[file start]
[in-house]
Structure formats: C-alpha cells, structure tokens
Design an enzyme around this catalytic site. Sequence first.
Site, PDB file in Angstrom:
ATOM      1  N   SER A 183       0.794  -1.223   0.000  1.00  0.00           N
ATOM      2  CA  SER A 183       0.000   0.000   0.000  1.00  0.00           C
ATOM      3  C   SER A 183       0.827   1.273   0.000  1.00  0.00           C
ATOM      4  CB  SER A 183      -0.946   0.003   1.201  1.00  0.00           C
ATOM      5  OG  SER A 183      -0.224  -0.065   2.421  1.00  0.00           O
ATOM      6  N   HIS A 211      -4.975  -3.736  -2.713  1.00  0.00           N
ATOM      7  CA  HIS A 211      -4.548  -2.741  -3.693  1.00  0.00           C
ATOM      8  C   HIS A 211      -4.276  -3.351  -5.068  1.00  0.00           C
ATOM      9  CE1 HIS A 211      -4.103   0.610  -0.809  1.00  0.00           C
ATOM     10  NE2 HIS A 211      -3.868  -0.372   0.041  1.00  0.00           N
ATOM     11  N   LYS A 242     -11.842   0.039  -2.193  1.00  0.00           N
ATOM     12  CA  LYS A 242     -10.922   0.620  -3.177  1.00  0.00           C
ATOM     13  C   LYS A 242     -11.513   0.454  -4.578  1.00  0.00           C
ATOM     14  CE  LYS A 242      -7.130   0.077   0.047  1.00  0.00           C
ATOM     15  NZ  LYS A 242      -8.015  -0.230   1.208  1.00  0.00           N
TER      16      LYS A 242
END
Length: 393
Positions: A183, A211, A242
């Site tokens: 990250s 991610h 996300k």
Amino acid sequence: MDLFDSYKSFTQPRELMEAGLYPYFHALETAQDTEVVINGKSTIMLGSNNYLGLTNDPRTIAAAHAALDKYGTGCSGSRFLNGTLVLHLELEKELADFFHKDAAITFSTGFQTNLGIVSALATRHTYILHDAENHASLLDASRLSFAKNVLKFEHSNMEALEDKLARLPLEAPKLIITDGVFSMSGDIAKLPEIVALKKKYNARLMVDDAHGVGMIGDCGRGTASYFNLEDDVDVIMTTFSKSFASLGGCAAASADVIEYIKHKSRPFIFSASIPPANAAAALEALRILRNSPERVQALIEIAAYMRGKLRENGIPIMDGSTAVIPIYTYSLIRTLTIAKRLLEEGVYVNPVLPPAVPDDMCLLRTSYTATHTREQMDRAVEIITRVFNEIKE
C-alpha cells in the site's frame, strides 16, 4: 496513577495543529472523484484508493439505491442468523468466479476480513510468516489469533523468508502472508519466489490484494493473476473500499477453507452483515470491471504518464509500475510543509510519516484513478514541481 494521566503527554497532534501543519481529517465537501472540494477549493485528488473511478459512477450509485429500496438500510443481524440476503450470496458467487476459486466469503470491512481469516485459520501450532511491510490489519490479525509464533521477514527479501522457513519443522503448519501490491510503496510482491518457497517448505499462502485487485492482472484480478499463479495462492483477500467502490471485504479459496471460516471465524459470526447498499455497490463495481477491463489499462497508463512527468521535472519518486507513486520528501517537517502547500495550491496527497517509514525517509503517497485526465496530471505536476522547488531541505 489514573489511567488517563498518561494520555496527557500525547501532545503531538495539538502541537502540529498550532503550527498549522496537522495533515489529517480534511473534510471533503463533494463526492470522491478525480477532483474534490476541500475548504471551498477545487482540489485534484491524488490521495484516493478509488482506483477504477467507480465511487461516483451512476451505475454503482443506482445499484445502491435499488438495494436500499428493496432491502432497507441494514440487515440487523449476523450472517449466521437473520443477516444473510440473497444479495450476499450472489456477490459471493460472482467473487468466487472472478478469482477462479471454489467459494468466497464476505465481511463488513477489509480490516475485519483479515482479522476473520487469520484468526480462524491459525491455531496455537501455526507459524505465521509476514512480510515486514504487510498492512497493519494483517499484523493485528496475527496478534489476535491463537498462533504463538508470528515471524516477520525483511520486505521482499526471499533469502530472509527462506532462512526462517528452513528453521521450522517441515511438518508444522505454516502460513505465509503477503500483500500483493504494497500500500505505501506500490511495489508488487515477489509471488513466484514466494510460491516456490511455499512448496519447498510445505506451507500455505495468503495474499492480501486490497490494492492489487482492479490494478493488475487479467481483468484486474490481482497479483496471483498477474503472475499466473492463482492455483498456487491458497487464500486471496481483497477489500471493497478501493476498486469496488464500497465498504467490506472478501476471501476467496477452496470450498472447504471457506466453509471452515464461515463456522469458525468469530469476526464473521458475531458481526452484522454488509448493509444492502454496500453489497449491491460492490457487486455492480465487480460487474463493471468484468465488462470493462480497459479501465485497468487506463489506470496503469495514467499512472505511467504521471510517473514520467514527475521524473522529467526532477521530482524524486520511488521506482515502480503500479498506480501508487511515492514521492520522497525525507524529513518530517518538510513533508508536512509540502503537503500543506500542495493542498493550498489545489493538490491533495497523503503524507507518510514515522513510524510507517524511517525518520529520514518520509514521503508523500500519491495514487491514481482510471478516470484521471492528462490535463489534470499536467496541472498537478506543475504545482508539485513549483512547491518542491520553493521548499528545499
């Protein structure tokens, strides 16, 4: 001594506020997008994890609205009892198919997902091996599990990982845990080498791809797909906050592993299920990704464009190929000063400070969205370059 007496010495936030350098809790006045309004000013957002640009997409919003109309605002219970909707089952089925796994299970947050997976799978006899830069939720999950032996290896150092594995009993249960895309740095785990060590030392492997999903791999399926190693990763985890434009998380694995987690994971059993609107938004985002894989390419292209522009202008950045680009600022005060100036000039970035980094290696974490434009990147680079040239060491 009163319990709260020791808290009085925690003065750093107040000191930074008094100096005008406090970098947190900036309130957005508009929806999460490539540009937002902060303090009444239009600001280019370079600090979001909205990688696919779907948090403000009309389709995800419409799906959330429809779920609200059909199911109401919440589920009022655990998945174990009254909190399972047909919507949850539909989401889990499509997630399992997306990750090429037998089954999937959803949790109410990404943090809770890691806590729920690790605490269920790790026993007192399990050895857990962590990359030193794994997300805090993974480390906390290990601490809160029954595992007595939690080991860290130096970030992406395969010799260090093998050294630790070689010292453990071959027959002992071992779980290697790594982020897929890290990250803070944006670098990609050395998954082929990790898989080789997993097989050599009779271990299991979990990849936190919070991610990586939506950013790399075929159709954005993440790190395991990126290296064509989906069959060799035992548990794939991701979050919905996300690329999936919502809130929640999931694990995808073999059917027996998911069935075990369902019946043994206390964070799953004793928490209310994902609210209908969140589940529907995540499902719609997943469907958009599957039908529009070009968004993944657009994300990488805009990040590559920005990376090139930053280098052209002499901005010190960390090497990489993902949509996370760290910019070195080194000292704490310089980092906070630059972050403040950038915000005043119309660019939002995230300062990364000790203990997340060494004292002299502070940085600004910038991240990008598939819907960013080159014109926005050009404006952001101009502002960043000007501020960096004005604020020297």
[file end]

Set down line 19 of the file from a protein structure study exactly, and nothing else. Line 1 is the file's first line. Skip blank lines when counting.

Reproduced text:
ATOM     15  NZ  LYS A 242      -8.015  -0.230   1.208  1.00  0.00           N